By Mary Brophy Marcus
FRIDAY, May 24 (HealthDay News) -- We've all seen them: the surfers who race to the beach when a hurricane hits, the guy who decides to ride out the storm in his overmatched boat, the tornado chasers who fearlessly steer their cars alongside a scary-looking funnel cloud.
Monday's devastating tornado in Moore, Okla., was the most recent reminder that Mother Nature isn't something to gamble with -- that even when the best safety precautions are taken, people can still get hurt and die.
Yet, even now, when weather experts have the technology to predict potentially dangerous natural disasters far enough in advance for people to take shelter, some still sprint into the melee while the rest of us hunker down in safety.
Storm chasers, thrill-seekers and their ilk don't fit a single personality profile, mental health experts say. Although genetics probably play a role, learned behavior and maturity are factors, too.
"They may be one of two types: people who have what we call impulsivity or those who are sensation seekers," said Rick Hoyle, a professor of psychology and neuroscience and associate director for the Center for Child and Family Policy at Duke University.
An impulsive person tends not to think about the outcome of their actions. "They're more in the moment," Hoyle said. "They think, 'I see this novel, amazing thing in front of me and I have to run toward it. I have to experience it.' "
Sensation seekers, on the other hand, are more likely to understand the risk, but it's worth the high they get, said Hoyle, who has conducted research on sensation-seeking behavior.
"Exposure to a novelty -- what we call stimuli high in sensation value, like an incoming tornado -- tends to activate the reward centers in the brains of people who are high in sensation-seeking behaviors," he said. "In other words, they get the same high from these events that you and I would get from eating something that really tastes good or being with someone we really want to be with."
High sensation-seekers are significantly more likely to use drugs and alcohol too, he added.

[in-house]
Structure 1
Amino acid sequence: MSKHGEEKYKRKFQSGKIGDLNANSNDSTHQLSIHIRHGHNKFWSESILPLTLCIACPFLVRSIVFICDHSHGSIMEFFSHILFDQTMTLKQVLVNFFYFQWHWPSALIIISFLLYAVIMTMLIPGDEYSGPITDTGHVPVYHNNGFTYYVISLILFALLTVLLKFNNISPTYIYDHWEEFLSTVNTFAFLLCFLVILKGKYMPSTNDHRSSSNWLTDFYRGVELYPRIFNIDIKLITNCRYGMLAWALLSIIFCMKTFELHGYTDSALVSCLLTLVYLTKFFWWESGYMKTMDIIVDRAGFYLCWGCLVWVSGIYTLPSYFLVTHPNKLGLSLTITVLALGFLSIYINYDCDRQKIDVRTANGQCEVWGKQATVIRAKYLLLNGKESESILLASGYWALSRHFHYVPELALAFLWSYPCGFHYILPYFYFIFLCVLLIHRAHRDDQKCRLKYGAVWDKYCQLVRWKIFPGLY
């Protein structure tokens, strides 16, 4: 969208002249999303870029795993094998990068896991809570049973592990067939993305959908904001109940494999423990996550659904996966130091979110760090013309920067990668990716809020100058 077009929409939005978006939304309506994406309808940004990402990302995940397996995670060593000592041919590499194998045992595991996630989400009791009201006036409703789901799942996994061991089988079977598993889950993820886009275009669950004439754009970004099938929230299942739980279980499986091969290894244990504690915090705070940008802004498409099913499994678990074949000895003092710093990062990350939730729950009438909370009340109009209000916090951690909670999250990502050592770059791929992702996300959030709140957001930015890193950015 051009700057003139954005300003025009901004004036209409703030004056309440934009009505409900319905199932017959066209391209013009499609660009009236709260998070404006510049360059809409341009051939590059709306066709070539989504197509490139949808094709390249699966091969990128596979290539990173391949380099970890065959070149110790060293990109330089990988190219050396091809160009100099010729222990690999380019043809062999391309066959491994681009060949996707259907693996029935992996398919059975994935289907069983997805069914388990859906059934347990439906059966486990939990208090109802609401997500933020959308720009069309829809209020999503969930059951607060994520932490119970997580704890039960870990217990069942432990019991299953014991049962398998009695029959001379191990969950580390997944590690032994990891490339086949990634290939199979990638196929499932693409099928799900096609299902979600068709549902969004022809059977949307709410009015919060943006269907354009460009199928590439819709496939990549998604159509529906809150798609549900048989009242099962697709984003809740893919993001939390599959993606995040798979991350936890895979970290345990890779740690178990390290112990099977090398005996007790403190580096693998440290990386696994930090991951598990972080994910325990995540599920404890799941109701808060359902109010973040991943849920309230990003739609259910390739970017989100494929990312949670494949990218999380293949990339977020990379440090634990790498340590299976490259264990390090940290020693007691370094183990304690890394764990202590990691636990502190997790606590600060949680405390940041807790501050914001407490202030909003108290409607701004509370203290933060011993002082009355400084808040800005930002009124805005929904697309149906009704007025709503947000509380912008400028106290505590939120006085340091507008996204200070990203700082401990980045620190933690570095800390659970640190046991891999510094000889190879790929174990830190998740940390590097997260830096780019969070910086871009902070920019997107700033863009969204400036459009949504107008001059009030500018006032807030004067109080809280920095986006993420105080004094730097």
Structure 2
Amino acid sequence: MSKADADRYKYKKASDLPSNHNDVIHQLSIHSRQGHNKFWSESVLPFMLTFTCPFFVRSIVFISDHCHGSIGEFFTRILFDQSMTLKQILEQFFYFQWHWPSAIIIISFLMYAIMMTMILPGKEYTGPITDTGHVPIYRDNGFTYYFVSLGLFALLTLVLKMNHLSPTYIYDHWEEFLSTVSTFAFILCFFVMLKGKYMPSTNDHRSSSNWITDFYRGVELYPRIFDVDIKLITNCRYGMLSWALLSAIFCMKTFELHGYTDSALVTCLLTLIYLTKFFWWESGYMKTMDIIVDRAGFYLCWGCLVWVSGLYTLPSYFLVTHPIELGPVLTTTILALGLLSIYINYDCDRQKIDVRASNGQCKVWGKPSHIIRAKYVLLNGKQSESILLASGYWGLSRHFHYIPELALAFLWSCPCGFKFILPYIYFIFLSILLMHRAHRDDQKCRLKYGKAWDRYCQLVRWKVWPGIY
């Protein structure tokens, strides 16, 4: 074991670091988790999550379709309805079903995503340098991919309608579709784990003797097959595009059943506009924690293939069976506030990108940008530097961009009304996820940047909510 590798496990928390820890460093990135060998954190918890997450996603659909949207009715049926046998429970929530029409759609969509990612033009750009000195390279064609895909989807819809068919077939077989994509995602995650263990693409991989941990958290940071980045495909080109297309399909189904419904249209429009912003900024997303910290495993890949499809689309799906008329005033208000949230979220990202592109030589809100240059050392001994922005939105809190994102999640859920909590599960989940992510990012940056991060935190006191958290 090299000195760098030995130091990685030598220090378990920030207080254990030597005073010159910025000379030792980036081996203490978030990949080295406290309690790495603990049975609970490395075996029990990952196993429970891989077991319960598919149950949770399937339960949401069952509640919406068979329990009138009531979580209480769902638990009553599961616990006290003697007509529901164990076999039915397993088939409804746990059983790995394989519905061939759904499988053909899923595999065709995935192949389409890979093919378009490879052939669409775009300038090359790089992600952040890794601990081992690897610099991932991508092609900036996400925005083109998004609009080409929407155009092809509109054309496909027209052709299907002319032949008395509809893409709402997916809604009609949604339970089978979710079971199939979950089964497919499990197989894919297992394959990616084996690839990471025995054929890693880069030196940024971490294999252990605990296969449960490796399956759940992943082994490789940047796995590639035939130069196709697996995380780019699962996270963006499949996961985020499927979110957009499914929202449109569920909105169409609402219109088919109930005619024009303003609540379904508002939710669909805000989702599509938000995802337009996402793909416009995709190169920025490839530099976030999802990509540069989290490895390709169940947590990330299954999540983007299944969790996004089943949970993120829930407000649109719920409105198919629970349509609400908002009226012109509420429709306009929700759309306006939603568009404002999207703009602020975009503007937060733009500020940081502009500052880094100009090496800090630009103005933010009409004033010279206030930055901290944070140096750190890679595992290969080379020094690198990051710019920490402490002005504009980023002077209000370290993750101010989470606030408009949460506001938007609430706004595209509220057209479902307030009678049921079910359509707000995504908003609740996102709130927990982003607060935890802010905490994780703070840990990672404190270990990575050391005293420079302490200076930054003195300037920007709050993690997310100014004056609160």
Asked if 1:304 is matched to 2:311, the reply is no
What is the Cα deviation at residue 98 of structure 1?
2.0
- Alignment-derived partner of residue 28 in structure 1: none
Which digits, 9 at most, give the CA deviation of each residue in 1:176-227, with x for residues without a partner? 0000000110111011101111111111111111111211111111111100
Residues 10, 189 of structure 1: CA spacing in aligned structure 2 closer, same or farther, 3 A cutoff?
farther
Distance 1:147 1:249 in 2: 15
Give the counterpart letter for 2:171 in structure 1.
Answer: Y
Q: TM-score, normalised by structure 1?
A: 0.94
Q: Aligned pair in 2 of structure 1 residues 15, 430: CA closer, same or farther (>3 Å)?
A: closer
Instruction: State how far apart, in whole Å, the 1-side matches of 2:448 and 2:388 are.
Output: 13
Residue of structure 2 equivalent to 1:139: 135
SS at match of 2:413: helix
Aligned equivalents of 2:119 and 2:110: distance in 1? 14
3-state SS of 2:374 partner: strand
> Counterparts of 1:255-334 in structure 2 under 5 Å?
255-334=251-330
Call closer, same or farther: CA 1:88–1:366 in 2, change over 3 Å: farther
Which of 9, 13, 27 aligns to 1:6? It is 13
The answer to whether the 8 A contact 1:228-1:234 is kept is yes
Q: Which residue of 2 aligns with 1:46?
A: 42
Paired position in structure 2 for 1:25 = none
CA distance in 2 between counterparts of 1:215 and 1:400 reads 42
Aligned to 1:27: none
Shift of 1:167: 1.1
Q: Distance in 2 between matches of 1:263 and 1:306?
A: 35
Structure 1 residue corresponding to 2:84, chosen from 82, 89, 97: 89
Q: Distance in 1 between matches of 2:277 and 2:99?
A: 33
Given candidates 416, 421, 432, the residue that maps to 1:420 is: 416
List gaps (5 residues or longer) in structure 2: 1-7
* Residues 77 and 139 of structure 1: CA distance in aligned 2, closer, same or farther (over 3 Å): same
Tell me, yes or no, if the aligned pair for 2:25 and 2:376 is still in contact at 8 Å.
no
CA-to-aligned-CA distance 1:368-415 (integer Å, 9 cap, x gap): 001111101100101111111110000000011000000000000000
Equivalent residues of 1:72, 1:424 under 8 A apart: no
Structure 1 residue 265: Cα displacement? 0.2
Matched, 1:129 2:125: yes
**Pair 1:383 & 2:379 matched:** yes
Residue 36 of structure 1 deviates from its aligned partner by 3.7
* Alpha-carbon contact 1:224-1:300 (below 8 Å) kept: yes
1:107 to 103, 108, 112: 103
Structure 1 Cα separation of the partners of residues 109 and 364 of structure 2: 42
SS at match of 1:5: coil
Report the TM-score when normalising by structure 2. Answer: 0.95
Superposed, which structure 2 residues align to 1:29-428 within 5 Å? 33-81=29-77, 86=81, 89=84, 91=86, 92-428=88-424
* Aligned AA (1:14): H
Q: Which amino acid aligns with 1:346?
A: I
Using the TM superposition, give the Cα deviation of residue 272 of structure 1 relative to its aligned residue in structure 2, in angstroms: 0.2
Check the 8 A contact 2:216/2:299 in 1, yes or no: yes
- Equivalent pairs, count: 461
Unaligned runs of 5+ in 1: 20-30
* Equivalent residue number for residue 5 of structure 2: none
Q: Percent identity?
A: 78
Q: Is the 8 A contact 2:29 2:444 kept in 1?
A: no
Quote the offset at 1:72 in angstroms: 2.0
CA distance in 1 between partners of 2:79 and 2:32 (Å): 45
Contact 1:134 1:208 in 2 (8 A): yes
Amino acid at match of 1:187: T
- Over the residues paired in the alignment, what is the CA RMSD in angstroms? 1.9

"The combination of the two -- impulsivity and sensation-seeking -- in one person is particularly likely to lead them into harm's way," Hoyle said.
Telling risk-takers that the weather they're about to challenge is dangerous usually won't convince them to come back inside, Hoyle added. "The more you portray it as risky and edgy, the more appealing it might be," he said. "It's an information processing bias."
Some sensation-seekers may take greater and greater risks over time, said psychiatrist Dr. Emanuel Maidenberg, director of the Cognitive Behavior Therapy Clinic at the University of California, Los Angeles. "It's called habituation. In order to achieve the same level of satisfaction they need more and more stimuli," he said. "Their need for excitement and arousal may increase gradually over time and they may need to seek thrills of a bigger kind."
A person might also brave a fierce storm because it brings attention, said Scott Huettel, a professor of psychology and neuroscience at Duke who has collaborated with Hoyle on research.
"Adolescents have stronger responses to rewards, particularly if an action has a social reward," Huettel said. "They may not see their behavior as risky because it has a potential reward -- maybe it will improve their social status or it's going to help them get the girl."
And don't assume your typical risk-taker is the extreme athlete or the guy with the tattoos and piercings. There's a lot of evidence now suggesting that more than one personality type is attracted to impulsive, thrill-seeking behaviors, Huettel said.
"The person who decides on a whim to jump off a sea cliff is not the same as the guy who chooses a risky career like firefighting," Huettel said. "And people who tend to take high-risk actions recreationally aren't necessarily as likely to do that with their investments, for example."
Although fearlessness in the face of nature's wrath likely has a genetic component, there are social forces at play too, said Dr. Scott Bea, a clinical psychologist at the Cleveland Clinic.